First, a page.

Lent 31: Centaur

Today’s poem is from a collection I don’t own, and I’m unlikely to, as it appears to feature pets quite heavily. I am not into pets, not at all. Blame allergies or cat scratches or dog bites or whatever – I just don’t see the attraction of sharing your living space with a hairy four-legged mammal of questionable loyalty and temperament. I don’t trust animals, except wild ones. You know where you stand with a prowling tiger or a giant charging rhino.

Chase Twitchell’s upbringing by her English and Latin teacher father imbued a respect and love for pure language, etymology, and ancient roots of the words we use. However, her sixth collection, Dog Language, is based in her realisation that language – how we use it and what we expect of it – is changing. This does interest me. Enough to offset the occasional domestic animal themes? Maybe.

She wrote (in 2006):

“I believe that poets must write in the language of their time, and since our time is one of linguistic chaos and disintegration, that’s no small task. English, as a living language, has always been in a state of evolution, of course, but I’ll hazard it’s changed more in the last ten years than it did in the entire previous century, and the pace shows no signs of slowing. To me, this upheaval is fascinating, but also disturbing, for it challenges my conception of something else that evolves alongside language: the imaginary reader.

“In Dog Language, I begin to allow rifts in the poems through which neologisms and slang could creep in, thus hybridising and corrupting the purer diction of my earlier work. But the more profound change has been in my imaginary reader. As our planet spirals into ecological illness and our governments fail to respond in any meaningful way, my view of the future of poetry has been radicalised. I can now imagine writing on leaves, on snowflakes, on water – for my imaginary reader is looking more and more like a ghost.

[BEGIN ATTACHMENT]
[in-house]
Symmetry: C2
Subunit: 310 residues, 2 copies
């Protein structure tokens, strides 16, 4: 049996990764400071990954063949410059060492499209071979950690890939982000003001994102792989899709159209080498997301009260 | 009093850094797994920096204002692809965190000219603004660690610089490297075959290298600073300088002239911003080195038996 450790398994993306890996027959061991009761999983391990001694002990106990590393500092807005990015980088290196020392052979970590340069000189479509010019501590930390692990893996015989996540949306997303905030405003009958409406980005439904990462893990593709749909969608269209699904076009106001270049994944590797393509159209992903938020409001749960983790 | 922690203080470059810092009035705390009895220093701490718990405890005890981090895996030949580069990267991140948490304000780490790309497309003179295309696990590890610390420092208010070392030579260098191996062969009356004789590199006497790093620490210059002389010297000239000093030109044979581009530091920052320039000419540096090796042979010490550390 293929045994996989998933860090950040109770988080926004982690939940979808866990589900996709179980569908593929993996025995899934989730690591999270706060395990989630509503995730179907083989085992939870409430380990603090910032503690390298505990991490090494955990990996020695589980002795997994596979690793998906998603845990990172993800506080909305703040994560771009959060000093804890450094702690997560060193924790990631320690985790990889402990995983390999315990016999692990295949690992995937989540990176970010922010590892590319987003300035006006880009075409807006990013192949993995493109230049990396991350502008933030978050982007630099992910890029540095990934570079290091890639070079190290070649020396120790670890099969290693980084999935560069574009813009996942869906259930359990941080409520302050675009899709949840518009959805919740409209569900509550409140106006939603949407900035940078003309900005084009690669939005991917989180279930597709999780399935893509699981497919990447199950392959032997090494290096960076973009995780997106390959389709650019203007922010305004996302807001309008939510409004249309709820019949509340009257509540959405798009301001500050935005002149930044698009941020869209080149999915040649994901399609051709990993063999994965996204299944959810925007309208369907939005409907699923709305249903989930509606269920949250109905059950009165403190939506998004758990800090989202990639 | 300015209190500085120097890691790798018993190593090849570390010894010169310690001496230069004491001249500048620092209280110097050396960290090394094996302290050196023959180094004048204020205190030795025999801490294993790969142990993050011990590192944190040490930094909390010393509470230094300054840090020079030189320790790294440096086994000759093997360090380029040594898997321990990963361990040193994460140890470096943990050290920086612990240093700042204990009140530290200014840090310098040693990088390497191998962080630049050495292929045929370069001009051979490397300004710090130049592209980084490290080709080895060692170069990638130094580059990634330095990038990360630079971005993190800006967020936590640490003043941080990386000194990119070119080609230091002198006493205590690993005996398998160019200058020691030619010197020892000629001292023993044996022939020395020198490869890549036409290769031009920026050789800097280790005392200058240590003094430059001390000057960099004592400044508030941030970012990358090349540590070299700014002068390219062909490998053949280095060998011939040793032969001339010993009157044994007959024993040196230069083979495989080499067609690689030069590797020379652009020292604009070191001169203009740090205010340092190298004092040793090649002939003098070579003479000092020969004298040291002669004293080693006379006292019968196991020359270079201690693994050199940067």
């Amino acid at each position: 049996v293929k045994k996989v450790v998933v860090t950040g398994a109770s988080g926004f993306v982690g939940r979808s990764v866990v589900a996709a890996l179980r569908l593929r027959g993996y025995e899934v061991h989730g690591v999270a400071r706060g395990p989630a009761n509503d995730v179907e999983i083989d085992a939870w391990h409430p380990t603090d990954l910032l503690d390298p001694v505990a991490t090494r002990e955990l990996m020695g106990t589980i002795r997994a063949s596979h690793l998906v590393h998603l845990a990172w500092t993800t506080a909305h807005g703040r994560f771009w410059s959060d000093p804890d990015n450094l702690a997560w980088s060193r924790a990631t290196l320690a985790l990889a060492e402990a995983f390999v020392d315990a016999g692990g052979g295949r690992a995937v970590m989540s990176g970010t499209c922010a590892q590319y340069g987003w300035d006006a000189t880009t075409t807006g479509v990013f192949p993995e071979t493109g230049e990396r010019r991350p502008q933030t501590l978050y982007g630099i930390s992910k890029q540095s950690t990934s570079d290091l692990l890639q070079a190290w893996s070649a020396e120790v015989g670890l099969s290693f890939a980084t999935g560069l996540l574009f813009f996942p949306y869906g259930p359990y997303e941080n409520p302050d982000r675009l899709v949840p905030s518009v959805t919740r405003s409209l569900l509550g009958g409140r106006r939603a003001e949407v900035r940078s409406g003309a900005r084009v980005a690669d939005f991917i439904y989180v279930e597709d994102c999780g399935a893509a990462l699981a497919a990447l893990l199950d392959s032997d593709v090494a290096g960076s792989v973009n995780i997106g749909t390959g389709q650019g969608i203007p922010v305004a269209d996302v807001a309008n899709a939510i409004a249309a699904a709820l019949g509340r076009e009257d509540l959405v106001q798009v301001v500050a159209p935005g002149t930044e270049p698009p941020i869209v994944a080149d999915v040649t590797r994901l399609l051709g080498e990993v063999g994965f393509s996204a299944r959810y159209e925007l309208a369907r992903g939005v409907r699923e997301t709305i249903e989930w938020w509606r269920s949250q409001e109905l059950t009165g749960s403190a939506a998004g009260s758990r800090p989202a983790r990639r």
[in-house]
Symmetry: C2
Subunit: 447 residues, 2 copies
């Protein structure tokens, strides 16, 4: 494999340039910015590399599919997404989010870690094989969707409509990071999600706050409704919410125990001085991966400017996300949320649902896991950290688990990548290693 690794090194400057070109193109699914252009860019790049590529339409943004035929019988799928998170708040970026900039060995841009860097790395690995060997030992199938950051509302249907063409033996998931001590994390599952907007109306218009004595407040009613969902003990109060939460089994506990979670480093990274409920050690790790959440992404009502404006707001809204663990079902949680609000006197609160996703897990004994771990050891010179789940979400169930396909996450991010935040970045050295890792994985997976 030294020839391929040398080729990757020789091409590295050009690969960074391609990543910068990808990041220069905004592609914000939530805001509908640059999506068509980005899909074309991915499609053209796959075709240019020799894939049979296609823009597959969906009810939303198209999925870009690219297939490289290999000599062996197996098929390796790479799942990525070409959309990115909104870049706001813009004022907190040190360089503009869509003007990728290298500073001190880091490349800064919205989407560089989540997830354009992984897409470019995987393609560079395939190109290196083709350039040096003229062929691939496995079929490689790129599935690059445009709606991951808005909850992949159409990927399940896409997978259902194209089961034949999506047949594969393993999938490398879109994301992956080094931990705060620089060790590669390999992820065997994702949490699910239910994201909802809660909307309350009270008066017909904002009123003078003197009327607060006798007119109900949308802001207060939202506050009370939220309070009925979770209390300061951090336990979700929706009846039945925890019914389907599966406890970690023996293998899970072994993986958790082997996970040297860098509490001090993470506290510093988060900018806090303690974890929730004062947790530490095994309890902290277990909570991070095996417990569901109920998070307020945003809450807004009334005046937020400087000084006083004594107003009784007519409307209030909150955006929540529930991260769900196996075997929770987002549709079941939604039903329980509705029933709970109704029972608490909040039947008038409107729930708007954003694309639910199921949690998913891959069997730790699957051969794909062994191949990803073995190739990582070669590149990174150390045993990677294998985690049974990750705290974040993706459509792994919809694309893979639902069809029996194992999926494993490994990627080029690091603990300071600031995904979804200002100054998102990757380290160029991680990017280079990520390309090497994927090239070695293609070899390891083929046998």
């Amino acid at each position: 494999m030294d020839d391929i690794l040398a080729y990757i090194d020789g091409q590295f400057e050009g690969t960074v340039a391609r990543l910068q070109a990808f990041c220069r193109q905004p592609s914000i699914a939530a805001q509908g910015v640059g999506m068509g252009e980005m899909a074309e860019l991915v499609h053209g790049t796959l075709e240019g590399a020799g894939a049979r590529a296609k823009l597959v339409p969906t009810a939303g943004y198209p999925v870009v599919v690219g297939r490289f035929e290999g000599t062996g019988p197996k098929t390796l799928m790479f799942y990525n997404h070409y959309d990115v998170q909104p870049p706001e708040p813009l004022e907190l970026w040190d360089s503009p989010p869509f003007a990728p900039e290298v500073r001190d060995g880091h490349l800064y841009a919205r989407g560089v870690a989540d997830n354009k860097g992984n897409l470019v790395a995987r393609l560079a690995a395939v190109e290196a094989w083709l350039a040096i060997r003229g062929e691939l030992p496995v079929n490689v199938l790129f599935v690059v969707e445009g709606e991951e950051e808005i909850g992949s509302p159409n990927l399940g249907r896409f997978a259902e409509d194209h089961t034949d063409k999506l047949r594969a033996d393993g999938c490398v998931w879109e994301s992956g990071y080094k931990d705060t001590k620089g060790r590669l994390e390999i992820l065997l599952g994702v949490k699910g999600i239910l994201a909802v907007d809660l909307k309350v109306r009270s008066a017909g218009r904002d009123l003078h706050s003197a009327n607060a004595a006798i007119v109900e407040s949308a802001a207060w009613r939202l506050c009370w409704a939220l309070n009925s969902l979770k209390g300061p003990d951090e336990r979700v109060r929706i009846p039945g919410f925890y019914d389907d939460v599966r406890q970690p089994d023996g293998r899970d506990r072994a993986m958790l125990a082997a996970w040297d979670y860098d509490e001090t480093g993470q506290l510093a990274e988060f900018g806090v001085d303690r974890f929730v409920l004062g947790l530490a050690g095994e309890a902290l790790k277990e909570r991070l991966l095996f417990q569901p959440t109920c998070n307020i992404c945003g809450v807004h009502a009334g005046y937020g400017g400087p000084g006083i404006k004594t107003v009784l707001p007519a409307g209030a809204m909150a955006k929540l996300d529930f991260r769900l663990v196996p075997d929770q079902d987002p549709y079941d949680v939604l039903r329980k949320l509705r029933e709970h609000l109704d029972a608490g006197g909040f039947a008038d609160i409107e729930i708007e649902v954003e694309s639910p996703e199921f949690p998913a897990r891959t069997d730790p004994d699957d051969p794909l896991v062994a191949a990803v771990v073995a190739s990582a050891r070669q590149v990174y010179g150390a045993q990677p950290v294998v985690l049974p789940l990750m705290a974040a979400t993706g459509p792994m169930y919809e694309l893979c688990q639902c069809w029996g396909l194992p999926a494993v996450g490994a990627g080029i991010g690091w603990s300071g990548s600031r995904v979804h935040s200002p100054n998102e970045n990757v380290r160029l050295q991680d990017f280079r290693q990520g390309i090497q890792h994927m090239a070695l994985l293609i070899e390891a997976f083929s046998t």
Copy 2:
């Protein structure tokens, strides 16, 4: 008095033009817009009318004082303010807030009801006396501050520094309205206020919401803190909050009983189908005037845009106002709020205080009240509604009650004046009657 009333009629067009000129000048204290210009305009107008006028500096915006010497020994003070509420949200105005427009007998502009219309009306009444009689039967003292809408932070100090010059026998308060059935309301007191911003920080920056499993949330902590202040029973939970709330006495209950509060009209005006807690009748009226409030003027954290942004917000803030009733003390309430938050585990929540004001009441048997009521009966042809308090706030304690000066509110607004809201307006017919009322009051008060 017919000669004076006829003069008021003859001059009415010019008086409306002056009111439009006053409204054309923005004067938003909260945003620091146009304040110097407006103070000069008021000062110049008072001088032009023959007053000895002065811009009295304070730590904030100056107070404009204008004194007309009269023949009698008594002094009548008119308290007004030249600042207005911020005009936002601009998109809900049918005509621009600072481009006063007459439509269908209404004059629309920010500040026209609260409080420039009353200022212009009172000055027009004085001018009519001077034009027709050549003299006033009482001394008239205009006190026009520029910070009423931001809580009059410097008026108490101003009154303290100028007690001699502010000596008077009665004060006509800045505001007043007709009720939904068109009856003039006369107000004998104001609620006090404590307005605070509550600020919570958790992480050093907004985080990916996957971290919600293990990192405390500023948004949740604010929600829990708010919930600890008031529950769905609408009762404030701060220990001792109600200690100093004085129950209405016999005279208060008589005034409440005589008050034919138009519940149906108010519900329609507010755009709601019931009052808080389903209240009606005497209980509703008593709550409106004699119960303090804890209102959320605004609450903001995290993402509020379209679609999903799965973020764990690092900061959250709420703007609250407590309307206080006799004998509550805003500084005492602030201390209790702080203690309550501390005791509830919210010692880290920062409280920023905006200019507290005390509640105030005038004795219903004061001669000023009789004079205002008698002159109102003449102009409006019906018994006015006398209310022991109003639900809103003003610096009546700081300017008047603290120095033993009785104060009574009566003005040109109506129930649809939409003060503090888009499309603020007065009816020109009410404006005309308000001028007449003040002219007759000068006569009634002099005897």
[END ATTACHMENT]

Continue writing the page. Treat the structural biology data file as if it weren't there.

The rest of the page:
Do I agree about the increasing rate of change of our language? I’m not sure – perhaps I’m too young to really appreciate it, like a frog immersed in water, slowly boiling. Like realising your baby has actually become a toddler somehow.

I actually often find neologisms or technology jarring in poetry – pulling me out of that timeless ageless place that probably never existed. There are, and were, always neologisms. There are, and were, always new technologies. I hope there always will be.

     Centaur

     The first typeface I loved
     was Centaur, cut by Bruce Rogers
     in 1914. It had animal bones,
     and reminded me
     of skinny-dipping at night,
     baptized in star water so cold
     I suddenly became another
     animal from the waist down.

     In childhood, I knew
     all about the Minotaur,
     Cyclops, and Centaurs.
     My father read to me
     about the man-horses,
     so I had an inkling
     of their danger,
     and thereafter leaned
     toward the horse part
     and away from the man.

View the intro/roundup.

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One Response to Lent 31: Centaur

  1. great poem (and introduction to it).

    I think as the poem alludes to, that language is changing more quickly now because of technology mainly. (including the technology that allows people to travel, and to settle in new places and have kids and teach them new, mixed languages, and the technology for adverts to come into your home in a foreign language etc).

    Maybe I should write a poem with the neologism ‘metrosexual’ in it. I doubt it’d be the first.

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